This blog is about the relationship between decoding and meaning in reading. There will be no attempt to undermine or insult anyone who believes that children should be taught to focus more on one or the other. I have read a lot of research about reading, but I won’t quote it here. I might not quote any Greek philosophers either, sorry. There is research about reading and there is research about learning to read. I’ve read lots of both. I’ve acted on some of it. I write what I write here based on teaching my own children to read before I began teacher training; my training as a class teacher, and my special training as a specialist teacher of reading including the teaching of phonics, systematically. I write what I write also, mainly, because I have sat all day every day for the last 10 years next to struggling readers and beginner readers, listening to them (or their silence), watching them, working out how to help them, working with them to make sense of their books. Every child in those 10 years was different. My own children learned differently from each other too. Corny progressive quote alert: The children taught me everything I know about teaching.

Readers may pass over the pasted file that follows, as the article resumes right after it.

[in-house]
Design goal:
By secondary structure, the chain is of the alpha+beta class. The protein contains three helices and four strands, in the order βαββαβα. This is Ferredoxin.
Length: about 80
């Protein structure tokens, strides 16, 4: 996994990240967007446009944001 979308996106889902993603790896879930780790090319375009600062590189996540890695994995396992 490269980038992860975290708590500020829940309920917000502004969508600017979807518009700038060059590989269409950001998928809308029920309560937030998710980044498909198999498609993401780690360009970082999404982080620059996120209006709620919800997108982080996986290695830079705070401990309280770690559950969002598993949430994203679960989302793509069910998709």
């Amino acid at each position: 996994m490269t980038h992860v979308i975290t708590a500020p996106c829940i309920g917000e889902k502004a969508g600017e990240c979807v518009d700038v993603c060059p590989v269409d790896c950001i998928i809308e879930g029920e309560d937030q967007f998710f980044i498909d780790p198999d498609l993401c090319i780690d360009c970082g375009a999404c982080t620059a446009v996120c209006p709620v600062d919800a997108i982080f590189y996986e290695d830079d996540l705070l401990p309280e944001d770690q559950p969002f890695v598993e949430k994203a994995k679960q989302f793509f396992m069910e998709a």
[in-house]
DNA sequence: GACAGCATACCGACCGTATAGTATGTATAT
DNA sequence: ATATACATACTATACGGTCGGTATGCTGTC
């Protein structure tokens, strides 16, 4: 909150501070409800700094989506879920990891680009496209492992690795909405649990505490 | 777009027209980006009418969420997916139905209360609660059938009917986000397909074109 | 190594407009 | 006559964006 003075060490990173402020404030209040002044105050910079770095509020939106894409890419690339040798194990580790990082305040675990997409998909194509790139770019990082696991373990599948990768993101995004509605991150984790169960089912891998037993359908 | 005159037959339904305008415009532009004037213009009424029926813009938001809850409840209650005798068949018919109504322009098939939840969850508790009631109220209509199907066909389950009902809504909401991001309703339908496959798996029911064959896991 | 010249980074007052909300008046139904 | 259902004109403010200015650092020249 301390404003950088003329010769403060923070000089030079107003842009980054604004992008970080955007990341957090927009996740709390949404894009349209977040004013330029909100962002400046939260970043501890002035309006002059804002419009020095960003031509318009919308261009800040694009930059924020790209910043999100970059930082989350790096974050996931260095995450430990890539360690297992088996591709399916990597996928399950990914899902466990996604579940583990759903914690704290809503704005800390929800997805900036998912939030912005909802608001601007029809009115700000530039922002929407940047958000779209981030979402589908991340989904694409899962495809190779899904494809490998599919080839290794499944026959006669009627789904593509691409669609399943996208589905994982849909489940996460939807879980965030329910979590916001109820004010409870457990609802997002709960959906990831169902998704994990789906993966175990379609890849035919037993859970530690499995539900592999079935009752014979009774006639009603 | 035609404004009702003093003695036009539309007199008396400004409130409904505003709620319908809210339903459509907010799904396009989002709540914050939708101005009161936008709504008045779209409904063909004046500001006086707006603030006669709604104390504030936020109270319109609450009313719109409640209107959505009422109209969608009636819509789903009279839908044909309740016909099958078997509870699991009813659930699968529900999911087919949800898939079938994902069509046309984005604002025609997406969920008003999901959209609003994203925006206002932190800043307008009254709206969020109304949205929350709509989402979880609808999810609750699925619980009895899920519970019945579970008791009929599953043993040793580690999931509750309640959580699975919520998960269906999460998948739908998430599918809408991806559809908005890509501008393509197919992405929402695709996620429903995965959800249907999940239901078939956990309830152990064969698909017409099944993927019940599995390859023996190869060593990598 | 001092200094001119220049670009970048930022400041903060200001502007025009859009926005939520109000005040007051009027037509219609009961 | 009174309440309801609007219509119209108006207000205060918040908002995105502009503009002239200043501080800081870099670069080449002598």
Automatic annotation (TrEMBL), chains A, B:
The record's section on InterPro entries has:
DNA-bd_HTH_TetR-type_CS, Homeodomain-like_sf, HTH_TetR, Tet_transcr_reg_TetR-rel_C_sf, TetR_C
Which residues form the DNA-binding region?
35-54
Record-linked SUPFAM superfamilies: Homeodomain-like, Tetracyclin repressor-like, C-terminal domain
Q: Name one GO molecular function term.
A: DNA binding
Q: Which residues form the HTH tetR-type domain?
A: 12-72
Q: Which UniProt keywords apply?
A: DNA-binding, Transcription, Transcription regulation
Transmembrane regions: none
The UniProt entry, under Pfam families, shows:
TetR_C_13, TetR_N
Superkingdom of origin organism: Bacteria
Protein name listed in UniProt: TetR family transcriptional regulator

Word to meaning is a 2 way process – like Frank Smith et al were saying in the 70s. We can get to meaning via words, yes. But we can get to words via meaning. The interplay backwards and forwards between words and meaning is what reading is.
Many academics keep trying to find how ‘best’ to get from words to meaning, and to get to the words themselves, to write schemes for children to learn from, but they tend to ignore what the child does. Reading is not a thing at all until someone does it. The child brings everything they know about meaning – and they do know a lot, because looking for meaning, working out how the world works has been a child’s main preoccupation since before the day she was born – to bear on the words. Words do not enter the brain through the eyes and then have something done to them by the brain as if the child’s intentionality, agency, has nothing to do with it. If you don’t believe me that they can not just decode without the words having any meaning, try doing the opposite. Try reading this without picking up any of its meaning. It’s not possible, is it?